Teleplay by: Peggy Chantler Dick. Story by: Douglas and Peggy Dick. Directed by: Charles Barton.
When we look in on the third season of Family Affair, French is bringing everyone “to-mah-to” juice, and Cissy is looking like the cat who at the canary.
She’s just gotten her hair styled at the beauty parlor. Seeing Cissy’s results inexplicably inspires Buffy’s desire to go to the beauty parlor, too. When Bill says she’s too young, she asks why Jody gets to visit the barber by himself.
Yep, it’s because she’s a girl. Bill admits it’s not fair, but he sticks to his decision.(Someone must cut Buffy’s hair, though. I guess that’s another job French gets stuck with.)
The next day at school, Buffy is still pining for greater independence when she meets Lana. a new girl in class. We quickly find out that Lana comes from a different social sphere than the Davis kids.
(As an aside, Buffy’s sandwich is meat on whole wheat. Ew. At least it’s better than meat on white, I guess.)
That night, Buffy asks Bill if she can have a key to the Davis apartment. When he says she’s too young, she complains about being treated like a baby at age 7. (Wow these kids are aging slowly.)
She again asks why Jody gets more freedom; apparently, he gets to stay at the playground by himself after school while Buffy goes home with French. Bill says little girls need more protection.
Buffy also wants to change her name. Lana has started calling her Ava, an alternate name Lana’s movie-fan mother considered for Lana. (Note to the IMDb: Ava is NOT Buffy’s real name.)
In an amusing exchange, Lana wonders why French dresses so funny, and Buffy explains that he’s English.
Lana’s empty apartment horrifies French.
Buffy congratulates Lana for having “her own TV,” which is weird since it’s in the living room. Maybe she’s just trying to be polite. Lana wants Buffy to come over after school the next day, and French says he’ll ask Mr. Davis.
She has little supervision and is “hardly a suitable companion for a young gentlewoman,” he says, going so far as to call Lana “a street urchin.” Now, I don’t like French’s snobbery, but I wouldn’t let my 7-year-old go over to her house without at least getting to know her mother and making sure a responsible adult would be present at all times.
Lana’s mother does make a brief appearance, stopping at home after work to dress for a date.
The girls have to shop for and prepare their own dinner.
They play dress up in Lana’s mom’s shoes, and Lana does “Ava’s” hair.
When Bill comes to retrieve Buffy, he finally groks to the fact that Lana is home alone. When she asks if she can have a sleepover with Buffy the next night, he agrees.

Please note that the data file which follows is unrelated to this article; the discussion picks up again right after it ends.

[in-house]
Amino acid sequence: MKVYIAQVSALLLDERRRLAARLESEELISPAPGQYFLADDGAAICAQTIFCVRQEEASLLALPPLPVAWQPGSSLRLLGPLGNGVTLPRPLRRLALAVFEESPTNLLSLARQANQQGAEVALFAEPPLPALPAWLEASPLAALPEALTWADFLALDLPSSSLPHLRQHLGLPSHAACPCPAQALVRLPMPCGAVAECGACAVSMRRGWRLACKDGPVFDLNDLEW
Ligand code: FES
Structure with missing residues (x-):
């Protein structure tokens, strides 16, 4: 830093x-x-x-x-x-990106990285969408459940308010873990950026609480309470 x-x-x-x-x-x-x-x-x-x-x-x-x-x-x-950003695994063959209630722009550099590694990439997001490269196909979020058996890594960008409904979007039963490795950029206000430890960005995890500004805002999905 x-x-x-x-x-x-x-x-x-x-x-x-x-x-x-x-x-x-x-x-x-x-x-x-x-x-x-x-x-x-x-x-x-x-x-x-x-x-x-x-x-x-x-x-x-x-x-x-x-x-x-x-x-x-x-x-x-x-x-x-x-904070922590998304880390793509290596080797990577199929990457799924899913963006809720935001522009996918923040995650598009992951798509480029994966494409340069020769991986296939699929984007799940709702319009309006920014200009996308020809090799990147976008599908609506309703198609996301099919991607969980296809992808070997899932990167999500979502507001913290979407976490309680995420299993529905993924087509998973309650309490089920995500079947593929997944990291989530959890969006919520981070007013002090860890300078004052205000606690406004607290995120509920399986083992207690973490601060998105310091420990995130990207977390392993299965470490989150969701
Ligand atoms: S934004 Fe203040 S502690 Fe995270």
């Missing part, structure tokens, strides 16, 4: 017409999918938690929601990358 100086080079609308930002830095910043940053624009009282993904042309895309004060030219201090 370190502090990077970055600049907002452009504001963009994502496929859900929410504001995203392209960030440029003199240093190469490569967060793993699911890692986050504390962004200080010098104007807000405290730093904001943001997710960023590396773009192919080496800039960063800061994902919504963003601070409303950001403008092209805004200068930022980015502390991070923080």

She’s also taken aback by the many rule French lays down: Homework before fun, playing instead of watching the afternoon movie, no running in the house.
When Buffy takes Lana home the next day, Lana breaks down.
Lana says it’s not that–it’s because Buffy has so many people to “boss her around.” Lana’s all-too-aware that freedom can spring from a lack of caring. Buffy tells her that when she feels like being bossed around, she should call on the Davises.
And Buffy’s learned to accept her family’s rules without chafing, so I guess all’s well that ends well. Somehow, I still feel sad, though.
I thought the “latch-key” phenomenon dated from the 1970s, but the term originated during World War II. I personally loved having a key and letting myself in at home, but it didn’t happen until I was about 10, and I wasn’t left alone for hours. I’m of two minds about whether the Davis family should have done more to improve Lana’s sad situation. On the one hand, a scene with Bill talking to Lana’s mother about the problem might have been hard to take. Bill keeps himself busy with work and dating, so the only real difference between him and Lana’s mom is the ability to pay for high quality child care. On the other hand, Lana seems to be suffering from some pretty serious neglect. I’ll be interested in hearing what other Family Affair fans think.
The gender-based treatment of Buffy and Jody is a new thing. In the past, the twins’ level of freedom has varied dramatically from episode to episode, but it has always applied equally to both kids.
Lana’s Mother: Eve Brent. Lana: Susan Benjamin Neher.
Neher appeared previously on Family Affair under the name Susan Benjamin. From 1969 to 1971, she had a regular role in another Don Fedderson single-dad series, To Rome with Love. A commenter directed me to this segment of the pilot that’s available on Youtube–check it out!